Nelson: Plan early and involve your customers and key business partners in that process. Look beyond what could come up as an immediate need during the situation itself and plan for multiple contingencies. Without the joint planning I described earlier between Cardinal, Penske and the providers we serve, this story would have had a very different ending.

Communicate realistic expectations with your customers. We were committed to being fully operational as quickly as possible; however we set a clear foundation that it would not be “business as usual” and there would be challenges with inbound freight and outbound volume surges from the backlog. That candor and opportunity to jointly prioritize actions to achieve stabilization built a stronger relationship with our partners.

Lastly, take care of your employees first and they will make sure that the customer is taken care of. The Penske drivers were rock stars throughout this ordeal. They were so willing to put their personal challenges aside and safety in question so our customers would get what they need.

READ THE ENTIRE STORY AT JHCOnline HERE......

Want to hear more about these topics?  Join us next week at our 2nd Annual Life Science & Healthcare Supply Chain Summit.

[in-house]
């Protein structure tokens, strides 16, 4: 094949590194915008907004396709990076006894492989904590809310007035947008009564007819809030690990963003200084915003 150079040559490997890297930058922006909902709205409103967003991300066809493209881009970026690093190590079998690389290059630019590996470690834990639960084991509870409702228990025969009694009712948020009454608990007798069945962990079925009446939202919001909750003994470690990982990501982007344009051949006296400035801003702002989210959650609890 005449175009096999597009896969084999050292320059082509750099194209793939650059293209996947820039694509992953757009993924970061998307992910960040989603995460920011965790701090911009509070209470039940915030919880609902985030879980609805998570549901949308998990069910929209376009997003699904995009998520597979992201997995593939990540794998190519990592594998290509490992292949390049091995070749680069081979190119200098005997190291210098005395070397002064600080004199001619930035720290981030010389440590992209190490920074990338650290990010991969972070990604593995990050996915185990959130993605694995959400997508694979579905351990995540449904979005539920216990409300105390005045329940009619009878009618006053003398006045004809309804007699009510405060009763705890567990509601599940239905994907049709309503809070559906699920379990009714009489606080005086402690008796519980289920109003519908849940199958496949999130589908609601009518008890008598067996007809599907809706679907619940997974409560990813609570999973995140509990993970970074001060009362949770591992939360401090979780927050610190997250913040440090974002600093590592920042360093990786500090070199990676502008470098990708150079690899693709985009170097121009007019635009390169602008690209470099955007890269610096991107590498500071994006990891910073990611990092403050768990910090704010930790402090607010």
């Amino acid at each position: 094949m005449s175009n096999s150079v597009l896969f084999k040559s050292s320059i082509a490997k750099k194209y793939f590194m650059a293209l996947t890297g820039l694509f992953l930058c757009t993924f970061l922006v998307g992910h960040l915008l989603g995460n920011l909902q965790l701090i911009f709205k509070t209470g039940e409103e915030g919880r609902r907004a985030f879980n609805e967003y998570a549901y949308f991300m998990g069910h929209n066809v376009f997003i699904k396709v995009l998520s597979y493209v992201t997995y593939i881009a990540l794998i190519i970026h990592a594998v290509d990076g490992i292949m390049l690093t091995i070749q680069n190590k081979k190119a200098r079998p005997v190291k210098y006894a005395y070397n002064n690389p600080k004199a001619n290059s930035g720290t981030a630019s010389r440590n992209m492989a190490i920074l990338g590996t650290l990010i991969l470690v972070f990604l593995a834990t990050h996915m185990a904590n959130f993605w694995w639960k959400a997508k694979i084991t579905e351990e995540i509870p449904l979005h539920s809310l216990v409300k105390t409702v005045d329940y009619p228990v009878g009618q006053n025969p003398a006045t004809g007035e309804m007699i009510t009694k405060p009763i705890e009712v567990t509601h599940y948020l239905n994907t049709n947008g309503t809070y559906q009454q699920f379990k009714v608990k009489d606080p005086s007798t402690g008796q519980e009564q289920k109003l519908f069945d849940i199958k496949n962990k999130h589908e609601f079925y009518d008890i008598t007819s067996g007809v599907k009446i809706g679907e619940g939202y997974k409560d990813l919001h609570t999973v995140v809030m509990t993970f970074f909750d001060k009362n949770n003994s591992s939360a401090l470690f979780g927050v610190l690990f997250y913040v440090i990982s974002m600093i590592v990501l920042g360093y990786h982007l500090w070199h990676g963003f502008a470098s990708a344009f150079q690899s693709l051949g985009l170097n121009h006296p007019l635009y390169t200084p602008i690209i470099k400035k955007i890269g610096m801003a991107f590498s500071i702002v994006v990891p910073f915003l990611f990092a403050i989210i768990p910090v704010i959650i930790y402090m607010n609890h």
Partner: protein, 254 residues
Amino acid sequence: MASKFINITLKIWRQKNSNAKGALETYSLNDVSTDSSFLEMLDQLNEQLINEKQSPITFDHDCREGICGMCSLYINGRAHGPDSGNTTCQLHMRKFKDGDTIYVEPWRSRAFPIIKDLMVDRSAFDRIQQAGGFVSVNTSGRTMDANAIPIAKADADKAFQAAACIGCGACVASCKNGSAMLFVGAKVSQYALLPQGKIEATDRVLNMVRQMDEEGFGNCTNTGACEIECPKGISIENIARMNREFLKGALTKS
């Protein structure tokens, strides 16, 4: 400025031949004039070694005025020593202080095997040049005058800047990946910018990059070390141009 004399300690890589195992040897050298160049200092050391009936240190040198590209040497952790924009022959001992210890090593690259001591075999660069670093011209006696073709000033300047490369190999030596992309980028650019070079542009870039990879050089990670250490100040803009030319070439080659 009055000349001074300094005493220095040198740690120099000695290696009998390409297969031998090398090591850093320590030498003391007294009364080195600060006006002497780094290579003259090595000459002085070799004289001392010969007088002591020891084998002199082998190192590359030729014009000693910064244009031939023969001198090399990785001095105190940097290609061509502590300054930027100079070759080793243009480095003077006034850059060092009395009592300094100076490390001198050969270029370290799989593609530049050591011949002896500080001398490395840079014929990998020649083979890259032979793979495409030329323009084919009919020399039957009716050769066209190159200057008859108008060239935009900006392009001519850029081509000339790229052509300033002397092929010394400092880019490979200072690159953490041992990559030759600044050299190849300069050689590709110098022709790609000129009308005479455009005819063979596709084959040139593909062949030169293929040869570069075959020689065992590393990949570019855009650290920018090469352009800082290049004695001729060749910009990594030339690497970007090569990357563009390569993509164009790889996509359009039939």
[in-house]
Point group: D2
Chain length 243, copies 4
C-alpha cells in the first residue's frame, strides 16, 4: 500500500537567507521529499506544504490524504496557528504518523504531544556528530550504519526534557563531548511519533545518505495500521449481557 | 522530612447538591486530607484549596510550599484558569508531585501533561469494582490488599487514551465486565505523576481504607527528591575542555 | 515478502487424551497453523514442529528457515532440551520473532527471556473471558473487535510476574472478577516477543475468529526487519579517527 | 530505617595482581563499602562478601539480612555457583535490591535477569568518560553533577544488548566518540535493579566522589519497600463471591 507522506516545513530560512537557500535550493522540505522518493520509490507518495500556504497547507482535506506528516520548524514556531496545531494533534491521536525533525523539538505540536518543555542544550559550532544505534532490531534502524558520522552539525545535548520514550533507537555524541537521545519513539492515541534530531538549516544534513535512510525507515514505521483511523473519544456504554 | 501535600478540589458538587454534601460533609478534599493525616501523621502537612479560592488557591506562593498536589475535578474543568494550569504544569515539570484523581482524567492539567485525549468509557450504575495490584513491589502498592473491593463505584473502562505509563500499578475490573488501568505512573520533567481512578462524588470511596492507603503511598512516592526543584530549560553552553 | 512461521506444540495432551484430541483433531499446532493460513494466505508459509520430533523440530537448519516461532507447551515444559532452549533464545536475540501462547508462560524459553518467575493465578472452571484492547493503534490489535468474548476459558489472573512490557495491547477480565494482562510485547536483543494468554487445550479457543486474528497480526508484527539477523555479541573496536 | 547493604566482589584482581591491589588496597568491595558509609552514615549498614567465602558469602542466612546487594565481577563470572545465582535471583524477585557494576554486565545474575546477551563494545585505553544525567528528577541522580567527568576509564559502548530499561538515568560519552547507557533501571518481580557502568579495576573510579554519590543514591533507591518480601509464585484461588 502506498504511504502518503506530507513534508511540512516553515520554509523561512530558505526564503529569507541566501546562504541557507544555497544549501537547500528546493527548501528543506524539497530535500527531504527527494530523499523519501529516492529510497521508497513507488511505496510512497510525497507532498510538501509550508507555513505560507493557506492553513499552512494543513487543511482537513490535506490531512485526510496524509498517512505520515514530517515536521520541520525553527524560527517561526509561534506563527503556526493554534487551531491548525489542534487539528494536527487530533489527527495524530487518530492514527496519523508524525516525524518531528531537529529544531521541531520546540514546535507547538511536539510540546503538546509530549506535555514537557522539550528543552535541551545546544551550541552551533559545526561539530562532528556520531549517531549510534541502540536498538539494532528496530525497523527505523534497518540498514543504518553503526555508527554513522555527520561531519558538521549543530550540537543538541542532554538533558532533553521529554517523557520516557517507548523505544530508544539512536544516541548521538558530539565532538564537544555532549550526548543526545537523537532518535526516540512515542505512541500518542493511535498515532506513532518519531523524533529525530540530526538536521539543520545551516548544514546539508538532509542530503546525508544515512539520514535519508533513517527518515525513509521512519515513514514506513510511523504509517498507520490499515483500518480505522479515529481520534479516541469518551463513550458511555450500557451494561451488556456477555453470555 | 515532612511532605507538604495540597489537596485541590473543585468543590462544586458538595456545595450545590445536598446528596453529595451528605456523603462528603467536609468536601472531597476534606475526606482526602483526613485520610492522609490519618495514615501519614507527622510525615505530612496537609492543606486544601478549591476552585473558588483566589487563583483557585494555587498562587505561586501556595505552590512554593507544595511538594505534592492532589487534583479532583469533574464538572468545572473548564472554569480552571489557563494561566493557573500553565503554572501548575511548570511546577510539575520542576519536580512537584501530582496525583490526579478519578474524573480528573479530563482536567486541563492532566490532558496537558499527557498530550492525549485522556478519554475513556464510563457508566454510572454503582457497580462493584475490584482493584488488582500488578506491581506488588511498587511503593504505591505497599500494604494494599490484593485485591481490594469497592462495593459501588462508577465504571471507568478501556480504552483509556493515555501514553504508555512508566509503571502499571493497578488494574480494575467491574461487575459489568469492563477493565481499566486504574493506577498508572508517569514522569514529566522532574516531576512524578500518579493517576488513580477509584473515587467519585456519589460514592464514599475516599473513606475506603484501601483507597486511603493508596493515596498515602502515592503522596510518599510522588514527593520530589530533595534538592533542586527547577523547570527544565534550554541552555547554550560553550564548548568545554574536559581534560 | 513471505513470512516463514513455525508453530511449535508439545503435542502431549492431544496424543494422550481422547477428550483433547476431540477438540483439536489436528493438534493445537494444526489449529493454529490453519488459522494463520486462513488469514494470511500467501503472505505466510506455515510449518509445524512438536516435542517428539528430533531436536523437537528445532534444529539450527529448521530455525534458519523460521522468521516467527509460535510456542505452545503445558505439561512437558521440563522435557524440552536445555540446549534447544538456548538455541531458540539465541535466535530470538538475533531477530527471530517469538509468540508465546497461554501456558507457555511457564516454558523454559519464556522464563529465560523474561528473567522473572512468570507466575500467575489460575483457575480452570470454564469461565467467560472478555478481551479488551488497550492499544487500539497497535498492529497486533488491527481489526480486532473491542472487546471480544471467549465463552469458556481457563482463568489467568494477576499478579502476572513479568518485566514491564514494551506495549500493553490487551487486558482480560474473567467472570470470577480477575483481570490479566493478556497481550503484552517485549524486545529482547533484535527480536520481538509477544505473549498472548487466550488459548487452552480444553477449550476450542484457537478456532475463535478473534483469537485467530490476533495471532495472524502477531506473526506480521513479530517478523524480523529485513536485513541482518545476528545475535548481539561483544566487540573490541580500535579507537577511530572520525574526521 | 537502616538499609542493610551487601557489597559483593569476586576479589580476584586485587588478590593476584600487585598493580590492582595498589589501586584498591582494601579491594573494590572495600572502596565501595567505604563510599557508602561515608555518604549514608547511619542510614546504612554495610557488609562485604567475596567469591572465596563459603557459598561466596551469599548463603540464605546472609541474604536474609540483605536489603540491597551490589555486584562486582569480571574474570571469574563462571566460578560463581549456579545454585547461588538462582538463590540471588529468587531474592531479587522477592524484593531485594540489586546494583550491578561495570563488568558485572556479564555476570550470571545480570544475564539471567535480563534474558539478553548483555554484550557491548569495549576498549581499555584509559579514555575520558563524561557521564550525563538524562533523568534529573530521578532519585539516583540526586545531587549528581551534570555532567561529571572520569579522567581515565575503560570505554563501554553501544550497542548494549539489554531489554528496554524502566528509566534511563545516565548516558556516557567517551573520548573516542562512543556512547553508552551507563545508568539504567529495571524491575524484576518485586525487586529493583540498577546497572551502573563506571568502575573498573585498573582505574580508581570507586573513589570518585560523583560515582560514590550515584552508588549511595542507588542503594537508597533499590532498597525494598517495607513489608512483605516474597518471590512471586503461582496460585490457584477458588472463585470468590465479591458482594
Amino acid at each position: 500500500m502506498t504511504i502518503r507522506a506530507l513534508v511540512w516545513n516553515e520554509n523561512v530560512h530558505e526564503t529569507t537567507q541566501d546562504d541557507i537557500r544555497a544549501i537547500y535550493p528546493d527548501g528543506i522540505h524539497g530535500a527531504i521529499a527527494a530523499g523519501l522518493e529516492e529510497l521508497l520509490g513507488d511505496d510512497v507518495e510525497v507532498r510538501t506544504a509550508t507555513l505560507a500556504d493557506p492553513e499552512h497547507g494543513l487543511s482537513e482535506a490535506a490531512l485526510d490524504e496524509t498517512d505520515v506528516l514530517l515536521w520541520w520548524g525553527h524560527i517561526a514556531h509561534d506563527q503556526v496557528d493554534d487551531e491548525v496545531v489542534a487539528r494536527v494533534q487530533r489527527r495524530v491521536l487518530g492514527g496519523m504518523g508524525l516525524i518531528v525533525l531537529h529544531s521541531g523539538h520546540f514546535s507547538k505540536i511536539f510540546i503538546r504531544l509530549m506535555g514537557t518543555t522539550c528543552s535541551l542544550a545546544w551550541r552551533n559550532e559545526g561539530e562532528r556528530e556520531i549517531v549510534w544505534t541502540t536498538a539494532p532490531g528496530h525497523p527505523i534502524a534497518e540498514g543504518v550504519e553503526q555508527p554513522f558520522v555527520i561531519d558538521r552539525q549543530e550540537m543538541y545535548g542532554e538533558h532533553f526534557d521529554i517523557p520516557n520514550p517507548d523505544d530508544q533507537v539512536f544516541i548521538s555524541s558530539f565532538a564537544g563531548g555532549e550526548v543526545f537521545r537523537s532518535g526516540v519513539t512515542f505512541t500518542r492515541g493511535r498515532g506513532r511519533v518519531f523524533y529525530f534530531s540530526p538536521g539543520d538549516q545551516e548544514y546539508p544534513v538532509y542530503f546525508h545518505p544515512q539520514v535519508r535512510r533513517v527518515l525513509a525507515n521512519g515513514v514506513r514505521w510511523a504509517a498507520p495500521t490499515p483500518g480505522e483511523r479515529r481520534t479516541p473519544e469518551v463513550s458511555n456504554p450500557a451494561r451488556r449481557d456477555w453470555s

Tags:  Connect  Education  Supply Chain 

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Supply Chain: Sprout Solutions - The answer to new FSMA regulations

Posted By Casey Chasteen - Sprout Solutions, Friday, September 22, 2017

As we approach our 2nd Annual Life Science & Healthcare Supply Chain Summit on October 17th, we wanted to highlight a few companies and organizations that will be in attendance and presenting on current trends, challenges and opportunities in life science, agricultural and healthcare supply chains.  Sprout Solutions is one of those companies, and has developed technology to help companies comply with requirements for the FDA Food Safety Modernization Act.  We'll hear from CEO Gretchen Henry during the Supply Chain Summit.  Read below for a glimpse into Sprout Solutions, and get REGISTERED to attend the Supply Chain Summit to hear more.